There are at least six million Syrian refugees who have fled the war-torn country since 2011. Millions are in countries, where they fled, waiting in camps for a chance to sail to freedom. They yearn for an opportunity to rebuild their lives in Europe, even as the rise of virulent strains of right-wing politics threaten their ability to seek asylum.
Ryan Harvey, Kareem Shimara, and Shireen Lilith call attention to the plight of Middle Eastern refugees, especially Syrians, with their protest song, “Thin Blue Border.”
The song refers to the “coast guard on the horizon” taking bribes. “Revolutionaries and widows, orphans, survivors, and heroes” will have to get past them to continue their harrowing journey.
In the second verse, they sing about the smugglers, who profit off this massive humanitarian crisis. “Fifteen hundred a ride, whether or not you see the other side.”
“Throws their bags in the water, and packs them in like cattle,” they add. “Fifty people on a rubber boat, and they pray to god that they stay afloat.”
One of the more enduring lyrics is the line, “It’s a twisted version of privilege to be the one(s) who escape from the village.” They note the terror of barrel bombs, shrapnel, and secret police.
The third verse acknowledges the failure of politicians holding meetings while also alluding to the ultra-nationalist authoritarians, who have risen to power in the European Union to make safety even harder for refugees to obtain.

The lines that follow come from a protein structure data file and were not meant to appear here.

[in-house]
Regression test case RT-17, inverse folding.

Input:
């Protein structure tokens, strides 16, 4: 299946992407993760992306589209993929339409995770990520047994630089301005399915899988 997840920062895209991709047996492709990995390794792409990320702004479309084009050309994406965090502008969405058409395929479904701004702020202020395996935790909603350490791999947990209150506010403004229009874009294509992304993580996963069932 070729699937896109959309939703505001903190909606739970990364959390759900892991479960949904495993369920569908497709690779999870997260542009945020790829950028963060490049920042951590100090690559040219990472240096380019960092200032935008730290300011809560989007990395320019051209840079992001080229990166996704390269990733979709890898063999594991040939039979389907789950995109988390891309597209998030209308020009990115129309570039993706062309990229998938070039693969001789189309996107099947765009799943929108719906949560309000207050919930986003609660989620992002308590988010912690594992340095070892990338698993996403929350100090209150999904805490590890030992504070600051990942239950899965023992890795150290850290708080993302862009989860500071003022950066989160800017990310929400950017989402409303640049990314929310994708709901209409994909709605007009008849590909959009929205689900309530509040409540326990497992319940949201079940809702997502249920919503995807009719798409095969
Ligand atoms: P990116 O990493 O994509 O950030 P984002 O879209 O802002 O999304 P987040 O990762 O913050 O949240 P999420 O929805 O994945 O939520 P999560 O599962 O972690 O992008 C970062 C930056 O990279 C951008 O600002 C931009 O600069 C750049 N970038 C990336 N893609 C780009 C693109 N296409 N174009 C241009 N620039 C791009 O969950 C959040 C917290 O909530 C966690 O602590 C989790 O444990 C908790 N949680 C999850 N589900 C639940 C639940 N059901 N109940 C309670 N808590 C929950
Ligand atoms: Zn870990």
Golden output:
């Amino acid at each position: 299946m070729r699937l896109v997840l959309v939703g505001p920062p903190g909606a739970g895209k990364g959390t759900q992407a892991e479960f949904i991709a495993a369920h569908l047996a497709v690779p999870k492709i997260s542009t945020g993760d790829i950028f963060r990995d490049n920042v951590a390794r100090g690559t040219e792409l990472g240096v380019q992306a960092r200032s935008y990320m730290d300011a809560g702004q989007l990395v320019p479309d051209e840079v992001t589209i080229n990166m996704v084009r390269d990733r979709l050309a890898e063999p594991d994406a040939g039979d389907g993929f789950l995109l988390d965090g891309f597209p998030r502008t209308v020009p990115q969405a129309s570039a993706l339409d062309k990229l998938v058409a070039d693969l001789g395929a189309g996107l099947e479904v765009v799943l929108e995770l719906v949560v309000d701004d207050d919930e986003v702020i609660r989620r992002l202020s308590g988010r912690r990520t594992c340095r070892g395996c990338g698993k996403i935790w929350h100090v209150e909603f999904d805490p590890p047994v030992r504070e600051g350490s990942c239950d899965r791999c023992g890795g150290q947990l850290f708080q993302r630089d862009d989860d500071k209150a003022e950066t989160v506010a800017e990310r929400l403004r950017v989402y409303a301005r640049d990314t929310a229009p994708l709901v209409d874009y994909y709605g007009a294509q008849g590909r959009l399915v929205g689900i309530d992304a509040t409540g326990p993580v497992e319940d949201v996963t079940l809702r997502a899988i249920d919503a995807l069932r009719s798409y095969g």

As they sing of all the warfare, exploitation, and political indifference, the lyric, “pushes the waves on a thin blue border”,” illustrates the crisis.
Samara is a London-based Palestinian oud player. Incorporating the oud gives the song a brooding quality that helps focus listeners on the lyrics, and the instrumental breaks elevate the song.
Lilith is a Dutch singer based in Amsterdam. Her harmonies with Harvey, an artist known for protest-folk music, deeply enrich the lyrics.
“Thin Blue Border” (along with other tracks) were written by Harvey when he volunteered for a month on the beaches in Lesvos, Greece. And the trio’s music video acknowledges the work of Sea-Watch, which has engaged in sustained efforts to rescue refugees in the Mediterranean Sea.
For Harvey, Shimara, and Lilith, it was important to match the emotion and politics of their lyrics with a meshing of sounds and accents.
There are strains of Arabic and Western folk mixed with some punk in the “Thin Blue Border.” This creates a vibrant tune that captures the spirit of rebellion along with the realism of survival for refugees.
Listen or watch the “Thin Blue Border”: